PETALING JAYA: Let’s work together to save Malaysia.
Such is the rallying call of a young Malaysian who set up a fundraising page to crowdfund towards reducing the nation’s debt.
Nik Shazarina Bakti, a legal officer at Sisters in Islam (SIS), hopes to gather Malaysians and the rest of the world to help contribute towards the cause.
On the page, the 27-year-old law graduate reminded Malaysians of the time when the rakyat gave up their jewellery, money and valuables so that Tunku Abdul Rahman and the then government could raise enough funds to go to London and claim Merdeka.
“Let’s do it again! And this time, WE are doing it! We can tell our children and grandchildren of this initiative that we all took part in to save negaraku (my country) Malaysia,” she said, urging visitors to share the fundraising page far and wide.
At time of writing, the “Please Help Malaysia” campaign on GoGetFunding has raised nearly US$3,633 (RM14,460) of its US$100,000 (RM398,000) goal, with 92 backers.
The Pakatan Harapan Government said the nation’s debt stands at a whopping RM1 trillion.
On the page, Nik Shazarina said all proceeds would be channelled to the Government at the end of the campaign.
“Many have asked whether the funds will be given to the Government. I know I am a stranger to most but believe me, I am not going to pocket any of the funds,” she said.
Nik Shazarina said she would update the PayPal account summary daily and upload proof of the funds being channelled to the Government “when the day comes”.
The campaign is slated to run until July 31.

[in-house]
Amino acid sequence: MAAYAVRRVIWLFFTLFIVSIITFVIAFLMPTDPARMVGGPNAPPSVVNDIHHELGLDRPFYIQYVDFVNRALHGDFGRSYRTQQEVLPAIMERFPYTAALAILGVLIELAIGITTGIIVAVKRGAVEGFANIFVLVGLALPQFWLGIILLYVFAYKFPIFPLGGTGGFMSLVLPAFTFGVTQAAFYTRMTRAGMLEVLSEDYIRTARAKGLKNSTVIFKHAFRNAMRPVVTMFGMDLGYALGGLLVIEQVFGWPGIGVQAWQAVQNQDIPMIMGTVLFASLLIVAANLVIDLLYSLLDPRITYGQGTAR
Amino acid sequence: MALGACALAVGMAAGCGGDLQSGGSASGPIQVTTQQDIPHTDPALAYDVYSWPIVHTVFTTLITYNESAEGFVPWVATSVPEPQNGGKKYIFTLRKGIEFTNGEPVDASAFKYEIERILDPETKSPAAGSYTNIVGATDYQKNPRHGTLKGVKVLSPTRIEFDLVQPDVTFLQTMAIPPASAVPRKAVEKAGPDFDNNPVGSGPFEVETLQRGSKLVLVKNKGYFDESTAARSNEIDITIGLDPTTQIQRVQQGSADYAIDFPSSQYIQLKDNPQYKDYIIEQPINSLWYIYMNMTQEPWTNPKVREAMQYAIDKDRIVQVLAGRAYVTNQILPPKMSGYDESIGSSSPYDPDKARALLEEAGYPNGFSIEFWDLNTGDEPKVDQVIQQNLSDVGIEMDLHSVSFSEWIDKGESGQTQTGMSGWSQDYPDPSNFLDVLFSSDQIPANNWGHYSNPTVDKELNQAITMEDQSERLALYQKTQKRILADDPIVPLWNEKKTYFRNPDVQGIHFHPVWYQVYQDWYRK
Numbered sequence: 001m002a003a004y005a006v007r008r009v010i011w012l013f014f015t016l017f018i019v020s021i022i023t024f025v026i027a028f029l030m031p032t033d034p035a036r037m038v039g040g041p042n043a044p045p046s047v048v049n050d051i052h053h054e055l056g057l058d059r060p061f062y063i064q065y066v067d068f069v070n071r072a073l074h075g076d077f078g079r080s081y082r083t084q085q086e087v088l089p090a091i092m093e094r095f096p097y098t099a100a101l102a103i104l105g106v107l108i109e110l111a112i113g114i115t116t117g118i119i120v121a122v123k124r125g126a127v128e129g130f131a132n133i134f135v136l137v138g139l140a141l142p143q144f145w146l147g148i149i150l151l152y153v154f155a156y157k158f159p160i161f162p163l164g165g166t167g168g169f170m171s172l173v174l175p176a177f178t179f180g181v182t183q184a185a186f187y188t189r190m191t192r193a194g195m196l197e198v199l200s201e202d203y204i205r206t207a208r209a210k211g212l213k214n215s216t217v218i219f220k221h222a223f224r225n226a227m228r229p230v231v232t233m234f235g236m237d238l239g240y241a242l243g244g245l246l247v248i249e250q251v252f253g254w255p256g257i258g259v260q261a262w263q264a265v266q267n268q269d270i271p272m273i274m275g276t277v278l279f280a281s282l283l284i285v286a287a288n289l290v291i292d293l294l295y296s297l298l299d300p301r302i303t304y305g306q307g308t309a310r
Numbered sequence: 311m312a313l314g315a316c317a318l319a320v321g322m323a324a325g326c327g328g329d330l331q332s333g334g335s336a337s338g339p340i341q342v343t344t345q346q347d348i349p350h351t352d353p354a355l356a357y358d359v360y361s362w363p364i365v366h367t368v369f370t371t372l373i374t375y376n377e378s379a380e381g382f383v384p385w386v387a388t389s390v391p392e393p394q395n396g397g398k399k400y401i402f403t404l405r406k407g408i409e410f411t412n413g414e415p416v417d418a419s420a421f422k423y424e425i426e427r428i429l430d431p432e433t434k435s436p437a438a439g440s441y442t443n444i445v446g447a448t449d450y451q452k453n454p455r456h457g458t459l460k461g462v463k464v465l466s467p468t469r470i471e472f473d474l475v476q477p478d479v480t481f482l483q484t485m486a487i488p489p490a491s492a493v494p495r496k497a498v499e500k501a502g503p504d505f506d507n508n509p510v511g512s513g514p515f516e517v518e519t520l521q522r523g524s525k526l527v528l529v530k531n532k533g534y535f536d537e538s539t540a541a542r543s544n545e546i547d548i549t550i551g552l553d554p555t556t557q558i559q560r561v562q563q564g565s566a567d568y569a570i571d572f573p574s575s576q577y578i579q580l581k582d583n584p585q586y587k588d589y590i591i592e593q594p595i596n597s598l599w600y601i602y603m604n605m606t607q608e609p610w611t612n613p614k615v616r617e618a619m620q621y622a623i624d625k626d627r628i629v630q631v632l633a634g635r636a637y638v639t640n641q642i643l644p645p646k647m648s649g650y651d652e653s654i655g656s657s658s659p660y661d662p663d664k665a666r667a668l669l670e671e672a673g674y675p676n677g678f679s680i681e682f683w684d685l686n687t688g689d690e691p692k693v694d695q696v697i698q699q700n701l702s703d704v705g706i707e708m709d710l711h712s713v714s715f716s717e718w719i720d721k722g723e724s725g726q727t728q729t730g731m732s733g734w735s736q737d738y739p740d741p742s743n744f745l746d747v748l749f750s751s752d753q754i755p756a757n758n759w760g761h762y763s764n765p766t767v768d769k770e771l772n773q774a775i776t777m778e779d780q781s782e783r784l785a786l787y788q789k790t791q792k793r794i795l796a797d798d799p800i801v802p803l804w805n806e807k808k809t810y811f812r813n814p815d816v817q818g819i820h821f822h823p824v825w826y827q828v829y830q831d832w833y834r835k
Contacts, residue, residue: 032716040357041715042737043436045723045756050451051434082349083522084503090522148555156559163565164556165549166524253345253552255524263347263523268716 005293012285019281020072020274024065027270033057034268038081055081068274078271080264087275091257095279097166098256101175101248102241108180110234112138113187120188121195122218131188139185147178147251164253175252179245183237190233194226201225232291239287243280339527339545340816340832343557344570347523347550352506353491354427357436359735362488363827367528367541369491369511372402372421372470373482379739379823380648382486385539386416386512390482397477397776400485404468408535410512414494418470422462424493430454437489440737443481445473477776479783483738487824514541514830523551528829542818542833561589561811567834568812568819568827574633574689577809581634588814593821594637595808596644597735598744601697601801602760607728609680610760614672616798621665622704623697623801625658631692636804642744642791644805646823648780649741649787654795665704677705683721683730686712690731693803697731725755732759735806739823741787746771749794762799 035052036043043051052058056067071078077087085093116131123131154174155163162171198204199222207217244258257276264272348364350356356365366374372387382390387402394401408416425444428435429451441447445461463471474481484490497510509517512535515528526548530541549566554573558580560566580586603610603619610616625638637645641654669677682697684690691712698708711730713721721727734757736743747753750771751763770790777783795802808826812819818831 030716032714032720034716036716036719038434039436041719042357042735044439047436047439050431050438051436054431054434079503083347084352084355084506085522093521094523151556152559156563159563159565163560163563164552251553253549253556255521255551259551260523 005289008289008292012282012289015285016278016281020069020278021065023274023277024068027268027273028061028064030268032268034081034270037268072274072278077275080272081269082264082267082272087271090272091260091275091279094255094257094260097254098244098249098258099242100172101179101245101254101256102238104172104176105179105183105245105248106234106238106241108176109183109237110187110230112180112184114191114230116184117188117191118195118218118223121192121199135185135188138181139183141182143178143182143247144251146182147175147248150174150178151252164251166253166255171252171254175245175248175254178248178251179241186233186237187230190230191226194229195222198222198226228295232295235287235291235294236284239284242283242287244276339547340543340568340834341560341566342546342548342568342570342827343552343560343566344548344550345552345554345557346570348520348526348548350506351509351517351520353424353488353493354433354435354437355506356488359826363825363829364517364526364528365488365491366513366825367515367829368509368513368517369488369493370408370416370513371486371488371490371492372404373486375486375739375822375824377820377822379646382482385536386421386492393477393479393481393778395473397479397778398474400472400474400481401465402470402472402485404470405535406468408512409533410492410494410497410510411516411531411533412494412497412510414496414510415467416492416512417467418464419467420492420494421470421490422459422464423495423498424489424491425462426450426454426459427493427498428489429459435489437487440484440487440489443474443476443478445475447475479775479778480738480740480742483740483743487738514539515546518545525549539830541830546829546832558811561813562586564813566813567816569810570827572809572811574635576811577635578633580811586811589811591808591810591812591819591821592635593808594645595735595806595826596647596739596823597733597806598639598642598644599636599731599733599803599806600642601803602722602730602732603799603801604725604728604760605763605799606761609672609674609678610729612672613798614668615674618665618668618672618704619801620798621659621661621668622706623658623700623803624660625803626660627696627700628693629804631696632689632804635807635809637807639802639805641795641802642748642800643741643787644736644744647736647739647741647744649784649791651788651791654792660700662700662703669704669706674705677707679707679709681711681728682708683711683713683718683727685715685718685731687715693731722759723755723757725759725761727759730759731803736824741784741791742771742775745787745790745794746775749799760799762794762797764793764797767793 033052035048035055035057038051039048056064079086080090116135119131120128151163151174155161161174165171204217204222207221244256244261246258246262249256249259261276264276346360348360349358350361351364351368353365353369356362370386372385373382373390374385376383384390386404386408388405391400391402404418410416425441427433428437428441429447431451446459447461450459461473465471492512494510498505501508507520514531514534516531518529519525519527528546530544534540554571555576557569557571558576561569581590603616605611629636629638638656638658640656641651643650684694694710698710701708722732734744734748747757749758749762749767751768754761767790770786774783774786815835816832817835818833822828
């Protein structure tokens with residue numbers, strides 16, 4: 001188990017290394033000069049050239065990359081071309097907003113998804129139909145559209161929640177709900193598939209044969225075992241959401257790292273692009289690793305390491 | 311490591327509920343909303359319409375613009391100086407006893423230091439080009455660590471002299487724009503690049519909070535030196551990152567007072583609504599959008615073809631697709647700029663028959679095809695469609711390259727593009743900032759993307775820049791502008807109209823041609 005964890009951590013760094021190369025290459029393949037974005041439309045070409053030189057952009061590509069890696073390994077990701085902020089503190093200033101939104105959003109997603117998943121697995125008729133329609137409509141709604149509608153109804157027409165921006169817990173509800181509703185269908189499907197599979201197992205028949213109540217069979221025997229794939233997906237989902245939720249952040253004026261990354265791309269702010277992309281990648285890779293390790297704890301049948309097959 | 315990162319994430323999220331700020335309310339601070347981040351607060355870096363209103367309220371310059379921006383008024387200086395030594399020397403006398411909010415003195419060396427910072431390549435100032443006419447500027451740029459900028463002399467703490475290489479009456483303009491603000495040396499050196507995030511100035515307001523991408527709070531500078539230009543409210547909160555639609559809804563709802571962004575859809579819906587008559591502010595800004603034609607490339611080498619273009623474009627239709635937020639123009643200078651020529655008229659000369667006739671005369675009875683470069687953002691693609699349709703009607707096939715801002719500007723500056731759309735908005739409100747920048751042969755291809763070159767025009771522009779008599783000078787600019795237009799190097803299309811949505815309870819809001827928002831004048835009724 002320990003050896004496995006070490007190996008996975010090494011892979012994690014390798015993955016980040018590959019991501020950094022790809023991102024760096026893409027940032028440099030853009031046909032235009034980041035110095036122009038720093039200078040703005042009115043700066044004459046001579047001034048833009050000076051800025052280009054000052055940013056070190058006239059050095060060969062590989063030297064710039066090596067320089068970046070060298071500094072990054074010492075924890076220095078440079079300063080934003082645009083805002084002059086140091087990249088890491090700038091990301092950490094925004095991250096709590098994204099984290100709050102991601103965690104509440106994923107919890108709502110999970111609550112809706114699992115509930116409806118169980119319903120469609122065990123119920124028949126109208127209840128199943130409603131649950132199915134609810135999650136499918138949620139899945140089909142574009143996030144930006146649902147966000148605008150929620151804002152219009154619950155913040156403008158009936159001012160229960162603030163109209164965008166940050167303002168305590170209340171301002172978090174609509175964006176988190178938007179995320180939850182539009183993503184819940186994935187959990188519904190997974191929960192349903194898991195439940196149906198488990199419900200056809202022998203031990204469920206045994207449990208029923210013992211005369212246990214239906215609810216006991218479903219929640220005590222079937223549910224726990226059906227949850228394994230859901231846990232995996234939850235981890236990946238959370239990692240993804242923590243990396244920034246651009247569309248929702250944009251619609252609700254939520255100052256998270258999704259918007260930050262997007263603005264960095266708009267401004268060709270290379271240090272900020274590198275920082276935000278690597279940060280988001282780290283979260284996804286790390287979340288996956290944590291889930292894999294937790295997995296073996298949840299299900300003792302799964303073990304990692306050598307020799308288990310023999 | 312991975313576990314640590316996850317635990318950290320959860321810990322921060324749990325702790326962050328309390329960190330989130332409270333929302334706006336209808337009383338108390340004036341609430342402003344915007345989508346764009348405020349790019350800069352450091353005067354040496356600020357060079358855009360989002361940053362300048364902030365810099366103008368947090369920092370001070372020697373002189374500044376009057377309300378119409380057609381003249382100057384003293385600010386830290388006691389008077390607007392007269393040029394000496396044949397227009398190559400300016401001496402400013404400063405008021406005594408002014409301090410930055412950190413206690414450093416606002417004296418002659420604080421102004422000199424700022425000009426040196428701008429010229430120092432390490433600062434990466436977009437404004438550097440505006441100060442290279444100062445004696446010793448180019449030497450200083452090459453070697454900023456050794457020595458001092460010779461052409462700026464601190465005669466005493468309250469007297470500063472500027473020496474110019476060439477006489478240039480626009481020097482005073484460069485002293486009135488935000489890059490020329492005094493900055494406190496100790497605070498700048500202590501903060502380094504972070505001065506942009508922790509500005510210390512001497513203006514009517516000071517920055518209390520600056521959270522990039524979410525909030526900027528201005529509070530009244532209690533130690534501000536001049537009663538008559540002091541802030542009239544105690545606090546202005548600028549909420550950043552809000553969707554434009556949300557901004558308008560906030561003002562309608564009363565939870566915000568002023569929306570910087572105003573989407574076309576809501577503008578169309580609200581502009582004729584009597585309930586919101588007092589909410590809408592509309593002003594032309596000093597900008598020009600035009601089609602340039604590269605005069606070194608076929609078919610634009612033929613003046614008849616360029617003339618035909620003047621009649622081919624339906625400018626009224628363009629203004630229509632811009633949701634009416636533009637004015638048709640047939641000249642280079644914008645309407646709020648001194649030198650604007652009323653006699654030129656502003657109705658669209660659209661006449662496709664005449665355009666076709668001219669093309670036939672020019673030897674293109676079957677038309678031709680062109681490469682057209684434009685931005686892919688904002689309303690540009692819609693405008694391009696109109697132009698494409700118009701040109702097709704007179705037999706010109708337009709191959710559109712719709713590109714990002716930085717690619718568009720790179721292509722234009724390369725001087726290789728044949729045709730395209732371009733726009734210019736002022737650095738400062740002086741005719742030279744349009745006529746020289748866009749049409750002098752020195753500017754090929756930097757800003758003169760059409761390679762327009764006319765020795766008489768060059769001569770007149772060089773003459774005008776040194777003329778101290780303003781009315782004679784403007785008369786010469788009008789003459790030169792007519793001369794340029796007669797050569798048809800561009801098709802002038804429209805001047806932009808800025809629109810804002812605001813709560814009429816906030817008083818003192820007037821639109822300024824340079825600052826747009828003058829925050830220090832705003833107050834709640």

“If we could work together during the 14th General Election (remember, we trusted anyone who could help us), I am sure we can work together for another round,” she added.
Social activist and the Prime Minister’s daughter Datin Paduka Marina Mahathir vouched for Nik Shazarina in a public post on her Facebook page.
“I know a lot of people have been wanting to help with our huge debt, which just shows how much Malaysians love their country,” she wrote.
Though many people approached her to do something, Marina said she was reluctant as she did not think it was appropriate.
“But this young person has taken her own initiative to do something by crowdfunding to save Malaysia. I happen to know her and am so proud of her. So if you can help, do support. Every little bit helps,” she added.
Some commenters on Marina’s post enthusiastically pledged their help, while others expressed their reservations and said they preferred an official, national platform for such fundraising exercises.
The crowdfunding initiative can be viewed at https://gogetfunding.com/please-help-malaysia/.